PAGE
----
All of that said, what’s brought me out of my lair is the need to tell you about a few relevant things, as follows: 

SESSION AMERICANA “NORTHEAST” RELEASE: Friendband Session Americana has a new record of covers by Northeastern songwriters from James Taylor and Bill Morrissey to the Pixies and Donna Summer. I co-produced the record and played/sang on a lot of it, and if you want a sample you can listen right now to the new single: Rose Polenzani fronting Amy Correia’s You Go Your Way, with a B side of Ry Cavanaugh singing the classic Carly Simon hit Comin’ Around Again.

I got to join Session and a stage full of guest luminaries including Rose PolenzaniMerrie AmsterburgZak TrojanoJohn PowhidaJennifer KimballDietrich StrauseAli McGuirk, and more for a few fantastic release shows this September, and we’ll do one more at Littlefield in Brooklyn NY on Nov 7. Come celebrate with us in flinty Northeastern style.

OTHER FALL SHOWS: October 10 I’ll return to the Second Shift Music Series at the Charles River Museum of Industry in Waltham MA. This is a very cool space to play in, and on this night I will be joined by Sam Moss and Rose Polenzani. We’ll be a couple weeks away from heading into the studio to start work on the new KD album, so we are likely to take a number of newer songs for a spin to make sure they’re ready to go.

In December I’ll do a little run with Chris Pureka co-headlining. We’ll be at the Capitol Center for the Arts in Concord NH 12/8, City Winery Boston 12/10, Murmurr Ballroom in Brooklyn, NY 12/11, Sellersville Theater in Sellersville PA 12/12, Jammin Java in Vienna VA 12/13, with a few more to be confirmed. Details below.


Aside from adding vocals, viola, piano, banjo, and pump organ to the Session Americana record, I’ve had a nice run of contributing to other people’s music of late. I loved playing cello on Jen Zimberg’s new album What Sings, produced by Erin McKeown. I hadn’t known Jen or her music before but there are some really unique and mesmerizing songs on this record. The title track still gets wedged in my head on a regular basis.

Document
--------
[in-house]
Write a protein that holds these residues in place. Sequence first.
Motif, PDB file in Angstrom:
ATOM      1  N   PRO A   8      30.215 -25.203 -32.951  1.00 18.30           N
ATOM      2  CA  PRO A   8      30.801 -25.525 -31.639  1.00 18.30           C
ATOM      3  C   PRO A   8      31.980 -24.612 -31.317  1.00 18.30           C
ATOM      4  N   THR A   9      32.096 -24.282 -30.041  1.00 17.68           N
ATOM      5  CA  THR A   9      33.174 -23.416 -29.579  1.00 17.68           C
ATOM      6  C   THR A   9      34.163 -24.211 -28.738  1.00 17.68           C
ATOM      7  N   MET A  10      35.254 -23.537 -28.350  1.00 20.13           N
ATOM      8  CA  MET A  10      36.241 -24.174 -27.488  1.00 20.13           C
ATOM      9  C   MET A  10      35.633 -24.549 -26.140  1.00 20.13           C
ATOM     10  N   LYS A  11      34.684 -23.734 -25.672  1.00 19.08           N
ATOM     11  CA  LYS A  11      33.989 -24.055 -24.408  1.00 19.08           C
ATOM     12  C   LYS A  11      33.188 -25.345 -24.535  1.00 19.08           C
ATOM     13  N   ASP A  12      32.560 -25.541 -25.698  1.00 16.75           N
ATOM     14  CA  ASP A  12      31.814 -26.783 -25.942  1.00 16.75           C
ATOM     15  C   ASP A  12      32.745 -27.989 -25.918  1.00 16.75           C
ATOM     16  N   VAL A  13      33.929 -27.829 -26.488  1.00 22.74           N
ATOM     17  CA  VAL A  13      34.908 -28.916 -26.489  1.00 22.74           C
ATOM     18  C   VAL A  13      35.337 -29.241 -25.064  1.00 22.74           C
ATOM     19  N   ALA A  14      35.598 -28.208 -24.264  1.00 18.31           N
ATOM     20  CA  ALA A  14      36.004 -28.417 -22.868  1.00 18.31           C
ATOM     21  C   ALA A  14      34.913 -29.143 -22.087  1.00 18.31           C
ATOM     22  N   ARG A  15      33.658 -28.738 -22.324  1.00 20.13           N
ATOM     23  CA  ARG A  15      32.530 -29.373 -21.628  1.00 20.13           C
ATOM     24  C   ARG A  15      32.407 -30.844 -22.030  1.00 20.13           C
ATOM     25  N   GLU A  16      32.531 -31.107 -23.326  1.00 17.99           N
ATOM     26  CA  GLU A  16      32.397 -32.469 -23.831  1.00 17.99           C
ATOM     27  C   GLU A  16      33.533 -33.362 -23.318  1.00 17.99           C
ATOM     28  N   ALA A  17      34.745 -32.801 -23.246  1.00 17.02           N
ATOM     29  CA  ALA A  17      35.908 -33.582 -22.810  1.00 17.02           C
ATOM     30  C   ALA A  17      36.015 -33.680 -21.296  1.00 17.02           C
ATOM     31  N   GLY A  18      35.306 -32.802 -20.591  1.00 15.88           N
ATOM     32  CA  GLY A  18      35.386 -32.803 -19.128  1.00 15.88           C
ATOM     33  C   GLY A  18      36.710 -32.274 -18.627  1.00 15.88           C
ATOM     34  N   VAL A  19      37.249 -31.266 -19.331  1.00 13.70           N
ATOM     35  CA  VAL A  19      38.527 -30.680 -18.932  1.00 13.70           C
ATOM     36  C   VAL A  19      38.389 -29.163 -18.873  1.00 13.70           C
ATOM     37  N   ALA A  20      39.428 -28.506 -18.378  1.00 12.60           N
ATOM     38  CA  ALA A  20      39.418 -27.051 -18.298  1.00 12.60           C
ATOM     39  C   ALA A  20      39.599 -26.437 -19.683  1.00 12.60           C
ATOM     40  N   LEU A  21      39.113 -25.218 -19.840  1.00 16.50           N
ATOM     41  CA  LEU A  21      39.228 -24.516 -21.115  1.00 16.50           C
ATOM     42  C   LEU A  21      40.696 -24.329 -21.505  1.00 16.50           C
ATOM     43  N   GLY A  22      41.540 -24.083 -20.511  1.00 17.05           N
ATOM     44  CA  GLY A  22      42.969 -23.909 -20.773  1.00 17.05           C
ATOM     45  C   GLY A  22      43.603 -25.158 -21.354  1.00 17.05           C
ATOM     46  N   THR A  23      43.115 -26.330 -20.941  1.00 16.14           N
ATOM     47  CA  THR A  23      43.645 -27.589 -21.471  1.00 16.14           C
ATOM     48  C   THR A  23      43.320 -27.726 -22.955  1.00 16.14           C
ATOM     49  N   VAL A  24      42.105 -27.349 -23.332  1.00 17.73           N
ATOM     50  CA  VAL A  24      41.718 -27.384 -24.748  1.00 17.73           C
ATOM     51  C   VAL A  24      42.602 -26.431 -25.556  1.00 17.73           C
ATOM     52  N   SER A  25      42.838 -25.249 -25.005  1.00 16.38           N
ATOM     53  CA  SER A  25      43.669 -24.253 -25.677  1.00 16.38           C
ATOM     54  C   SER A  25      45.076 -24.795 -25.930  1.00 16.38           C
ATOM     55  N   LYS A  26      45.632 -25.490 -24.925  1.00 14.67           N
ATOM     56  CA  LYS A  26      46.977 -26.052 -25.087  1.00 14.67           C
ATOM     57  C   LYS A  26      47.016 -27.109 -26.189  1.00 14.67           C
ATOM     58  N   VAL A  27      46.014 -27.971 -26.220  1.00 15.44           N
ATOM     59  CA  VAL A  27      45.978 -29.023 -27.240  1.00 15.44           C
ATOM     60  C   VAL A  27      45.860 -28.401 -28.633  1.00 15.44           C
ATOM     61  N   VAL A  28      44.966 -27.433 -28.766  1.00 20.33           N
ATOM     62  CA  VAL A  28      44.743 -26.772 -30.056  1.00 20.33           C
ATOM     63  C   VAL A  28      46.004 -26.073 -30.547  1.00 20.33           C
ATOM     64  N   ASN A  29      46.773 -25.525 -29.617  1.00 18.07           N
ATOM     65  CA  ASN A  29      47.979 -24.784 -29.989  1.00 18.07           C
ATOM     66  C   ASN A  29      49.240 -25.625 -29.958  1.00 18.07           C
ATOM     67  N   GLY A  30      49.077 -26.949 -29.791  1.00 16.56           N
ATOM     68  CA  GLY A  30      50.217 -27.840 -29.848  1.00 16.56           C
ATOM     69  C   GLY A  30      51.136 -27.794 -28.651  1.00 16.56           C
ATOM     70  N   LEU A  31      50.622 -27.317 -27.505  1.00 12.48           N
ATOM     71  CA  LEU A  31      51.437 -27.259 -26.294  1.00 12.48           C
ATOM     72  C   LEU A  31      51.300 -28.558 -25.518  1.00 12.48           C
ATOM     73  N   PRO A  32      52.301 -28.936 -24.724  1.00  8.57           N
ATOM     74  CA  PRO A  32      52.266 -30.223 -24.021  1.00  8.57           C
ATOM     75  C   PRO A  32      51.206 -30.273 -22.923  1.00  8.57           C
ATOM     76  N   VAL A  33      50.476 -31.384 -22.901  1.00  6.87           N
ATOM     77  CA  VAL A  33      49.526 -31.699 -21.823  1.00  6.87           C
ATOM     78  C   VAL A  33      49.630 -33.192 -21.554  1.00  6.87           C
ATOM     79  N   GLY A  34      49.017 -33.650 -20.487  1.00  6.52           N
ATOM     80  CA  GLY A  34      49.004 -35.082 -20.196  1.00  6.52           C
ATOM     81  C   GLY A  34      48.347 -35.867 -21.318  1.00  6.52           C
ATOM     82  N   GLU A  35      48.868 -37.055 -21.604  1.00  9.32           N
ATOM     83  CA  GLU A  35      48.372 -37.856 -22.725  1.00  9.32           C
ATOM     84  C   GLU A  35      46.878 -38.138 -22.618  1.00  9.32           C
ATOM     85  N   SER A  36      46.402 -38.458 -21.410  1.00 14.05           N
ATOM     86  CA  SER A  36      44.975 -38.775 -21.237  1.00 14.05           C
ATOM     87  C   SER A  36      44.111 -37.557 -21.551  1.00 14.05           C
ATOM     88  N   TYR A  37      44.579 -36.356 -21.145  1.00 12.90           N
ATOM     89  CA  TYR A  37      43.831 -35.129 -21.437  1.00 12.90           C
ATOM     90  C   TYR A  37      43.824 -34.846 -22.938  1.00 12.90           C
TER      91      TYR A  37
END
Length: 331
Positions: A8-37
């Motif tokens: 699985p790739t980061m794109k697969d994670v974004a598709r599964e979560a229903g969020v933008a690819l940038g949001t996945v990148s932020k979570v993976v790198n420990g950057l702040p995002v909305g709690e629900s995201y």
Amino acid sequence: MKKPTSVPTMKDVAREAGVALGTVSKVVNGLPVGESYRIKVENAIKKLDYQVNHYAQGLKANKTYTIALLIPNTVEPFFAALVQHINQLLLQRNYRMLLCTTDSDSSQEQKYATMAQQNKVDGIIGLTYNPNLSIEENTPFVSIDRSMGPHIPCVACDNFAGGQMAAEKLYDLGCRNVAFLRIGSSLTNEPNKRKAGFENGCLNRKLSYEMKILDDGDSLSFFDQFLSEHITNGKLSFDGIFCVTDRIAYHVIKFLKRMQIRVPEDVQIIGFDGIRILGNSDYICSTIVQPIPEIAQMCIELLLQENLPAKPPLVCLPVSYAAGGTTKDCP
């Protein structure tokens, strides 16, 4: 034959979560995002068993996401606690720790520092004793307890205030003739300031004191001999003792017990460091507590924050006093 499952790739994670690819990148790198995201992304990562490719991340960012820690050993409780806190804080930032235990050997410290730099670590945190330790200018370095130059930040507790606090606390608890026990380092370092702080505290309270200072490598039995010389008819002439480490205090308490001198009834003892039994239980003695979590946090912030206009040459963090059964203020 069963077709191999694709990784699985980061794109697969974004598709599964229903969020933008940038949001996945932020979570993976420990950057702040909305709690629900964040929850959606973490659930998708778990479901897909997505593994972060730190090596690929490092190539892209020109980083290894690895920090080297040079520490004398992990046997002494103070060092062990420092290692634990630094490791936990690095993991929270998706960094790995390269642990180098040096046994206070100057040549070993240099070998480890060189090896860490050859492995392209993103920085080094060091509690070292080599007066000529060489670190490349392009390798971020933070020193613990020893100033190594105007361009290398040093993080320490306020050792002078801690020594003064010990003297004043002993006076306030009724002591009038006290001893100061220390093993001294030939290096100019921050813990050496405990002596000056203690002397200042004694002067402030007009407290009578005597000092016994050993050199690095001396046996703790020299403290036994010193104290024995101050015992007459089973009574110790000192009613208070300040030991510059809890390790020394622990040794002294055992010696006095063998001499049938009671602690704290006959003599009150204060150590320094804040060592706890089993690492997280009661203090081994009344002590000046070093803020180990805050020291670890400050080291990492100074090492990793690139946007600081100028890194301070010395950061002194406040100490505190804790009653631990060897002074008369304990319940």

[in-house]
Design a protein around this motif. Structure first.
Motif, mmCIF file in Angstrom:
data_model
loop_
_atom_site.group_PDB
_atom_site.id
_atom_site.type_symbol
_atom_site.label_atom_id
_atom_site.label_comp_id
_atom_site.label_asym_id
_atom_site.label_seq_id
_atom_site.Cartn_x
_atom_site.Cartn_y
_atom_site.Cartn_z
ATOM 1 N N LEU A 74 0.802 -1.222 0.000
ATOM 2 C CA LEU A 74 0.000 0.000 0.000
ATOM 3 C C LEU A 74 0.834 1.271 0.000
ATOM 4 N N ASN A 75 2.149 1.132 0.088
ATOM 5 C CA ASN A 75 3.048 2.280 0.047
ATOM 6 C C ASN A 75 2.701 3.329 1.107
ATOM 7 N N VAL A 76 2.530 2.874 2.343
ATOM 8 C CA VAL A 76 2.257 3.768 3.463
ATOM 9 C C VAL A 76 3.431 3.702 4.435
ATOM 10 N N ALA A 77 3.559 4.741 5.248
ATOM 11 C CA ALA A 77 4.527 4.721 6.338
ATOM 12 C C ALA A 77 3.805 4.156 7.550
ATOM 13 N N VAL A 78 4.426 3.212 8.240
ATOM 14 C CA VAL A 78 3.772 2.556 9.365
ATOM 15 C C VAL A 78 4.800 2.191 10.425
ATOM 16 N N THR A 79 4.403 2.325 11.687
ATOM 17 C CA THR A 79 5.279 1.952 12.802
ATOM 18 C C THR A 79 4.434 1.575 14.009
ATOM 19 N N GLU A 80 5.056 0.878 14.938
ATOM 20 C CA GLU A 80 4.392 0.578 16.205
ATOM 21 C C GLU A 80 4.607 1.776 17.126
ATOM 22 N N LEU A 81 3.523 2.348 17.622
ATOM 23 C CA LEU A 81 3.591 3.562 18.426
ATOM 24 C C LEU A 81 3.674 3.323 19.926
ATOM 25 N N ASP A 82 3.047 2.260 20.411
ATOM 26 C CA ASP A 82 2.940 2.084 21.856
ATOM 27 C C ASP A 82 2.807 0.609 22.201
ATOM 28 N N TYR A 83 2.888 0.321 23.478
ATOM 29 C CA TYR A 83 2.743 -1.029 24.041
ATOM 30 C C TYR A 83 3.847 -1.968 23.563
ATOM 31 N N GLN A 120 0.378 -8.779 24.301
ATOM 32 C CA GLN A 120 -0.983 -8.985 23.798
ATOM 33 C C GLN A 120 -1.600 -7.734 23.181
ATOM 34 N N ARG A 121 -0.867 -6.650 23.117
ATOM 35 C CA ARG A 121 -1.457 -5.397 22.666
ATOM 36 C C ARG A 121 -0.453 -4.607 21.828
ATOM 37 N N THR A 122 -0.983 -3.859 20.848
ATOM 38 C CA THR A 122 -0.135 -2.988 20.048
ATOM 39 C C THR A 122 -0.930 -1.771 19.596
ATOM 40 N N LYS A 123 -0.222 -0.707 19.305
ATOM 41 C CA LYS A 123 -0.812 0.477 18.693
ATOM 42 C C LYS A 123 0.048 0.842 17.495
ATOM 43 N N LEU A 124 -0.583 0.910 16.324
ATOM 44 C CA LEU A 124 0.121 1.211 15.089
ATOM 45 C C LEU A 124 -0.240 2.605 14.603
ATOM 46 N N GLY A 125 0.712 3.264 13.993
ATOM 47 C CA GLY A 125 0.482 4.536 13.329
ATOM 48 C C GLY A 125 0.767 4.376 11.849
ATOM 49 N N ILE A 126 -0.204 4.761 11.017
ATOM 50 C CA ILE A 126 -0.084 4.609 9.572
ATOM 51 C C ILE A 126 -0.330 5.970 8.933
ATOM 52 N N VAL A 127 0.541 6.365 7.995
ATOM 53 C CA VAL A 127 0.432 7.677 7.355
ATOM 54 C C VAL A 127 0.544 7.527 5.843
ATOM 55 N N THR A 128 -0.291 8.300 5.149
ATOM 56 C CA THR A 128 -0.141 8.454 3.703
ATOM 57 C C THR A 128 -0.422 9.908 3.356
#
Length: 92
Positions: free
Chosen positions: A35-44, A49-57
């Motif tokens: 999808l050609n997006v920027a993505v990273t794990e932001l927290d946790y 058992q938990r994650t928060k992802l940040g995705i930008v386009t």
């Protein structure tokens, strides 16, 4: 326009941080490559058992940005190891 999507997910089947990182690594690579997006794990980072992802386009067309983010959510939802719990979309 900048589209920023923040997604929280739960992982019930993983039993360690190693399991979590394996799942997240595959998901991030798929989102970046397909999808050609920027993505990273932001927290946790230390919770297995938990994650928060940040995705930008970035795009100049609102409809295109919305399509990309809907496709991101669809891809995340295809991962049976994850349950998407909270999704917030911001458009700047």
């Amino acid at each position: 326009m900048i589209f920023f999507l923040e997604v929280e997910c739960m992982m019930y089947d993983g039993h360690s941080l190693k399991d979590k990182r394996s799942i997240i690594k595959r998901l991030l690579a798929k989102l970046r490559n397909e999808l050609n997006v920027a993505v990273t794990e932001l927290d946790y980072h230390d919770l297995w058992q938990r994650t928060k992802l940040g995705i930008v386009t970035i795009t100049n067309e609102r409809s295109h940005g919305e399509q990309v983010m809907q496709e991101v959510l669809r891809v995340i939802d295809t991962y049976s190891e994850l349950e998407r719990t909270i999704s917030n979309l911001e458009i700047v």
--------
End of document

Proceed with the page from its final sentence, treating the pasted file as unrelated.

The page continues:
I also got to play cello on a beautiful track on Humans Are Special, the new one from my buds Thank God for Science. This one will boldly take you to many unexplored corners of the musical map, so buckle up and dig in!

In terms of stuff i didn’t play on, this month I’ll recommend Anna Tivel’s new one The Question - it’s been out for a little while but I just got my ears on it and it’s a beautiful listening journey, feels like reading a book of great short stories.

Happy fall everybody
Yours in the inky shadows, *kd


KD @ Second Shift Music Series, WALTHAM, MA Tix

DECEMBER 8 - KD & Chris Pureka @ Capitol Ctr for the Arts, CONCORD, NH Tix
DECEMBER 10 - KD & Chris Pureka @ City Winery, BOSTON MA Tix
DECEMBER 11 - KD & Chris Pureka @ Murmurr Ballroom, BROOKLYN, NY Tix
DECEMBER 12 - KD & Chris Pureka @ Sellersville Theater, SELLERSVILLE, PA Tix
DECEMBER 13 - KD & Chris Pureka @ Jammin Java, VIENNA, VA Tix

tix/info for all shows